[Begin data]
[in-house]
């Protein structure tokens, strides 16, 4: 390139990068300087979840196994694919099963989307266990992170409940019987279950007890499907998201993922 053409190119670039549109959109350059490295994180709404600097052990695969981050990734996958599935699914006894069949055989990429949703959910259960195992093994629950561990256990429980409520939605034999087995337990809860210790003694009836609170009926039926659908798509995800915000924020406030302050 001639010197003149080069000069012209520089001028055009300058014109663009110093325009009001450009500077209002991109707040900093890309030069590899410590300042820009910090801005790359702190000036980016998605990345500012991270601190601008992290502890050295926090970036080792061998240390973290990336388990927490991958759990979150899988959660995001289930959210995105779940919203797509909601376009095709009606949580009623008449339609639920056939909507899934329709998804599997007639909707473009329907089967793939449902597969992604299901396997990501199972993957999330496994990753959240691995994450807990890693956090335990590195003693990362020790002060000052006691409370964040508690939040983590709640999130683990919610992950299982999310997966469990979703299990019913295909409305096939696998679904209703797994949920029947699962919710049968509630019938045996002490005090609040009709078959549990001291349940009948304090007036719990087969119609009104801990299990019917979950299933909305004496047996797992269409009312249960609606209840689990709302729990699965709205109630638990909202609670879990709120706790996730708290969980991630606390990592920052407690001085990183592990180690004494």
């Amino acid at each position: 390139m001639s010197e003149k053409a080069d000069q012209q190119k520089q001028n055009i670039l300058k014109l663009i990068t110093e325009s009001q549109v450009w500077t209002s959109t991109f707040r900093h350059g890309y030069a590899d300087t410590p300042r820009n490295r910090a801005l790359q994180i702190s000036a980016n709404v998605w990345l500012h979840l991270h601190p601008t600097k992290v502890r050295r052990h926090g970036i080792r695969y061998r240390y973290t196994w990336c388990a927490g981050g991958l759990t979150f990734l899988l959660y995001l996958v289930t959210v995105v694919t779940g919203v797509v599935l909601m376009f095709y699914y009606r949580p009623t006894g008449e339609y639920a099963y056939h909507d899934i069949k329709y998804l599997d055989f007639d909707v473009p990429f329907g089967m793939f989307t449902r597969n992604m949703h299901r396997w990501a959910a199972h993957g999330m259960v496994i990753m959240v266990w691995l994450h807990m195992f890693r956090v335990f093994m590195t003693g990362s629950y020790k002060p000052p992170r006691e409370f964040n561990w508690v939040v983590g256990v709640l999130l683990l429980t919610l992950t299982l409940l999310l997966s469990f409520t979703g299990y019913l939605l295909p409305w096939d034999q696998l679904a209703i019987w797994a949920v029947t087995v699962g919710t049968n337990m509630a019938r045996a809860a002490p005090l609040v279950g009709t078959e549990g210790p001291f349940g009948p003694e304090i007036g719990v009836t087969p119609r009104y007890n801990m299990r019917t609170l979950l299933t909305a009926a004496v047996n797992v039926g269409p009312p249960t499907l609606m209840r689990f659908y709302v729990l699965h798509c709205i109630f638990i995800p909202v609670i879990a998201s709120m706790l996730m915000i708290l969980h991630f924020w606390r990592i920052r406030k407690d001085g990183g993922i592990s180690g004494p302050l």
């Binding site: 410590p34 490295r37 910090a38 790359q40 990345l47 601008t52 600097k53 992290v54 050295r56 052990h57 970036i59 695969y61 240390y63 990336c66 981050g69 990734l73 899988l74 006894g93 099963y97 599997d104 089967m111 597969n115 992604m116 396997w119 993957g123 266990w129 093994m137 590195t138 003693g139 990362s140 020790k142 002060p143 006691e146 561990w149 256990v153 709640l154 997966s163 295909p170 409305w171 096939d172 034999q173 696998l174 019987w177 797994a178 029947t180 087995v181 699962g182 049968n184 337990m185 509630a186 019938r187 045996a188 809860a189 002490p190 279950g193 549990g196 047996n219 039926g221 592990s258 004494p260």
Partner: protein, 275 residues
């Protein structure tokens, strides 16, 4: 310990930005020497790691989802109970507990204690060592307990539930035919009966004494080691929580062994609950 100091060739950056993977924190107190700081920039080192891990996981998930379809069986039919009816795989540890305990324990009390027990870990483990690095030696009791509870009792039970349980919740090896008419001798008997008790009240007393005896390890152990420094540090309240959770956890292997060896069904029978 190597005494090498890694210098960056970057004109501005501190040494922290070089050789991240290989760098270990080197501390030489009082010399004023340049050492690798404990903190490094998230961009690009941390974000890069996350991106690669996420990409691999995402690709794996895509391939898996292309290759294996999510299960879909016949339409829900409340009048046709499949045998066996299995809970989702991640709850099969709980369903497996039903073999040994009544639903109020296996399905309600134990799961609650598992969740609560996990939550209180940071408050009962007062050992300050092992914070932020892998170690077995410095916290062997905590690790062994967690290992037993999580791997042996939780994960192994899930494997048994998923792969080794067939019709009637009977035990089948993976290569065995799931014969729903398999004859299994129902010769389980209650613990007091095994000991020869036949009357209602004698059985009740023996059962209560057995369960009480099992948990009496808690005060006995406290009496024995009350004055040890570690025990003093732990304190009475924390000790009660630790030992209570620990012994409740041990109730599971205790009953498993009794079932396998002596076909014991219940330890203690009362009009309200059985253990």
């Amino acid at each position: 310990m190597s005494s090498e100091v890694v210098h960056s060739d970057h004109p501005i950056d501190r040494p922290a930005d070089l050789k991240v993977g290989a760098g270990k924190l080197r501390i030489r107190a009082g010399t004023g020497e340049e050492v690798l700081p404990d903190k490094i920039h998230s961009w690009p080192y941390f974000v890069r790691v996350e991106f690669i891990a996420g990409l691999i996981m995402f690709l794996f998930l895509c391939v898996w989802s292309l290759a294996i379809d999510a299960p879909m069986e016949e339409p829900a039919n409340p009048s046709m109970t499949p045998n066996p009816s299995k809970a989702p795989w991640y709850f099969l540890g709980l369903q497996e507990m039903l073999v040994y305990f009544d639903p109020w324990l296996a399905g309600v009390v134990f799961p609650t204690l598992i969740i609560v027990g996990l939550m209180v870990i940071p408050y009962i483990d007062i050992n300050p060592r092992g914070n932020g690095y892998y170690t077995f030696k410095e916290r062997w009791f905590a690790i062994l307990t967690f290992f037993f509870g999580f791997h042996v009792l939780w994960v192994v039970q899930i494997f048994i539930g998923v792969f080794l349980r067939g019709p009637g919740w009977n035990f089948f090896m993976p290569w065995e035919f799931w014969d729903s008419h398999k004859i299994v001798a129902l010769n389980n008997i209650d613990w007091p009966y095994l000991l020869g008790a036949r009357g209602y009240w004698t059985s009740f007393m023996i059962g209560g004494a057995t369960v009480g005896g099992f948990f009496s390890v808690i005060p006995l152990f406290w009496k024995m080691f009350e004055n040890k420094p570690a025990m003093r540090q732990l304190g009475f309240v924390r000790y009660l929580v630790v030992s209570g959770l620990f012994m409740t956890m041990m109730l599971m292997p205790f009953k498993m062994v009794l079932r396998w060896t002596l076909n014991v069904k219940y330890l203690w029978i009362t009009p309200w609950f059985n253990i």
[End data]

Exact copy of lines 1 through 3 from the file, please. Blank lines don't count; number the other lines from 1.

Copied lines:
[in-house]
């Protein structure tokens, strides 16, 4: 390139990068300087979840196994694919099963989307266990992170409940019987279950007890499907998201993922 053409190119670039549109959109350059490295994180709404600097052990695969981050990734996958599935699914006894069949055989990429949703959910259960195992093994629950561990256990429980409520939605034999087995337990809860210790003694009836609170009926039926659908798509995800915000924020406030302050 001639010197003149080069000069012209520089001028055009300058014109663009110093325009009001450009500077209002991109707040900093890309030069590899410590300042820009910090801005790359702190000036980016998605990345500012991270601190601008992290502890050295926090970036080792061998240390973290990336388990927490991958759990979150899988959660995001289930959210995105779940919203797509909601376009095709009606949580009623008449339609639920056939909507899934329709998804599997007639909707473009329907089967793939449902597969992604299901396997990501199972993957999330496994990753959240691995994450807990890693956090335990590195003693990362020790002060000052006691409370964040508690939040983590709640999130683990919610992950299982999310997966469990979703299990019913295909409305096939696998679904209703797994949920029947699962919710049968509630019938045996002490005090609040009709078959549990001291349940009948304090007036719990087969119609009104801990299990019917979950299933909305004496047996797992269409009312249960609606209840689990709302729990699965709205109630638990909202609670879990709120706790996730708290969980991630606390990592920052407690001085990183592990180690004494």
């Amino acid at each position: 390139m001639s010197e003149k053409a080069d000069q012209q190119k520089q001028n055009i670039l300058k014109l663009i990068t110093e325009s009001q549109v450009w500077t209002s959109t991109f707040r900093h350059g890309y030069a590899d300087t410590p300042r820009n490295r910090a801005l790359q994180i702190s000036a980016n709404v998605w990345l500012h979840l991270h601190p601008t600097k992290v502890r050295r052990h926090g970036i080792r695969y061998r240390y973290t196994w990336c388990a927490g981050g991958l759990t979150f990734l899988l959660y995001l996958v289930t959210v995105v694919t779940g919203v797509v599935l909601m376009f095709y699914y009606r949580p009623t006894g008449e339609y639920a099963y056939h909507d899934i069949k329709y998804l599997d055989f007639d909707v473009p990429f329907g089967m793939f989307t449902r597969n992604m949703h299901r396997w990501a959910a199972h993957g999330m259960v496994i990753m959240v266990w691995l994450h807990m195992f890693r956090v335990f093994m590195t003693g990362s629950y020790k002060p000052p992170r006691e409370f964040n561990w508690v939040v983590g256990v709640l999130l683990l429980t919610l992950t299982l409940l999310l997966s469990f409520t979703g299990y019913l939605l295909p409305w096939d034999q696998l679904a209703i019987w797994a949920v029947t087995v699962g919710t049968n337990m509630a019938r045996a809860a002490p005090l609040v279950g009709t078959e549990g210790p001291f349940g009948p003694e304090i007036g719990v009836t087969p119609r009104y007890n801990m299990r019917t609170l979950l299933t909305a009926a004496v047996n797992v039926g269409p009312p249960t499907l609606m209840r689990f659908y709302v729990l699965h798509c709205i109630f638990i995800p909202v609670i879990a998201s709120m706790l996730m915000i708290l969980h991630f924020w606390r990592i920052r406030k407690d001085g990183g993922i592990s180690g004494p302050l």